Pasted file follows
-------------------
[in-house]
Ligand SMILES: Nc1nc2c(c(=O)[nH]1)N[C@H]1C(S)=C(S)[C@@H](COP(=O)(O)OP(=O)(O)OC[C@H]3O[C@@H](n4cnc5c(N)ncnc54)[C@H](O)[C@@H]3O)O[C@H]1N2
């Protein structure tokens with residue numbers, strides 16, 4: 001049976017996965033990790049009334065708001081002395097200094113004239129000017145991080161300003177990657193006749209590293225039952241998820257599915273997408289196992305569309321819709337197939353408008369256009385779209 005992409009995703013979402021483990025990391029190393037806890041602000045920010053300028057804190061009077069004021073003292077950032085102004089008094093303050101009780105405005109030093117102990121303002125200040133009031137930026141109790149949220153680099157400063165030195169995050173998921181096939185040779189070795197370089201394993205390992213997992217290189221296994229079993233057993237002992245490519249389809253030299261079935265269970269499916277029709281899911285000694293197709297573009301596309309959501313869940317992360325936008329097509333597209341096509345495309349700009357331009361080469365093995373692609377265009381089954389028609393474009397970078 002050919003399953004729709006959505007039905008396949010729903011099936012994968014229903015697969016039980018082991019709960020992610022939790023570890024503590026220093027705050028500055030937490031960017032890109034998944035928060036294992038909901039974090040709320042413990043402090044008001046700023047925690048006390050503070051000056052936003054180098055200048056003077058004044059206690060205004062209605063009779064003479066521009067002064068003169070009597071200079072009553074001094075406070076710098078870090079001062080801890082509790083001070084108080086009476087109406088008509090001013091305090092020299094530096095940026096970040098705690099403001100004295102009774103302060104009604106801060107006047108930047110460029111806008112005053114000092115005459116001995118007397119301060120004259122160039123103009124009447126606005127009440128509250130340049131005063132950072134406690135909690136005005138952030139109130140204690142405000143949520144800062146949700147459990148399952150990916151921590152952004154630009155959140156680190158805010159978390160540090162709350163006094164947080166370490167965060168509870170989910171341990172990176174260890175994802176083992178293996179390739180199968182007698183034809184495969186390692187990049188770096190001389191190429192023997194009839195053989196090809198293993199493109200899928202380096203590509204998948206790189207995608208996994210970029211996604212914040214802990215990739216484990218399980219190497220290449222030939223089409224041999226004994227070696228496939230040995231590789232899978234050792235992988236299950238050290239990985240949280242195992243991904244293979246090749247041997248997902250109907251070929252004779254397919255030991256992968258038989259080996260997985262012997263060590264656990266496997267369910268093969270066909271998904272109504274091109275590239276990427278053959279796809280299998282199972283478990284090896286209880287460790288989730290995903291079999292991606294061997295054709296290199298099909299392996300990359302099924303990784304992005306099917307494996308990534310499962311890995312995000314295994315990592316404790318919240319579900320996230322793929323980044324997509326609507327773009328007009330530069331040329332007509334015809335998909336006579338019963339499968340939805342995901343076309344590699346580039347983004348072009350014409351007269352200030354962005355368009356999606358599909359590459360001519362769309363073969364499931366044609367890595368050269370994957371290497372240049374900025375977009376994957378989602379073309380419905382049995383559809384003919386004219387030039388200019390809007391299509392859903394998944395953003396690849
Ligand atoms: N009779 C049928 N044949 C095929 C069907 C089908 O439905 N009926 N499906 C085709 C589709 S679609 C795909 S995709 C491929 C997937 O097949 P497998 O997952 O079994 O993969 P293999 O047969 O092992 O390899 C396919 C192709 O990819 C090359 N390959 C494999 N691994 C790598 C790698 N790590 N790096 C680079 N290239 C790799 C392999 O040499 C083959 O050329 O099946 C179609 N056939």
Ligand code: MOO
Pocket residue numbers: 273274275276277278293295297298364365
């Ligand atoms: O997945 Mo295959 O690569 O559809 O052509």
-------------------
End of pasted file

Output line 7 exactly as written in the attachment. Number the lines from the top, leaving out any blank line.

């Ligand atoms: O997945 Mo295959 O690569 O559809 O052509």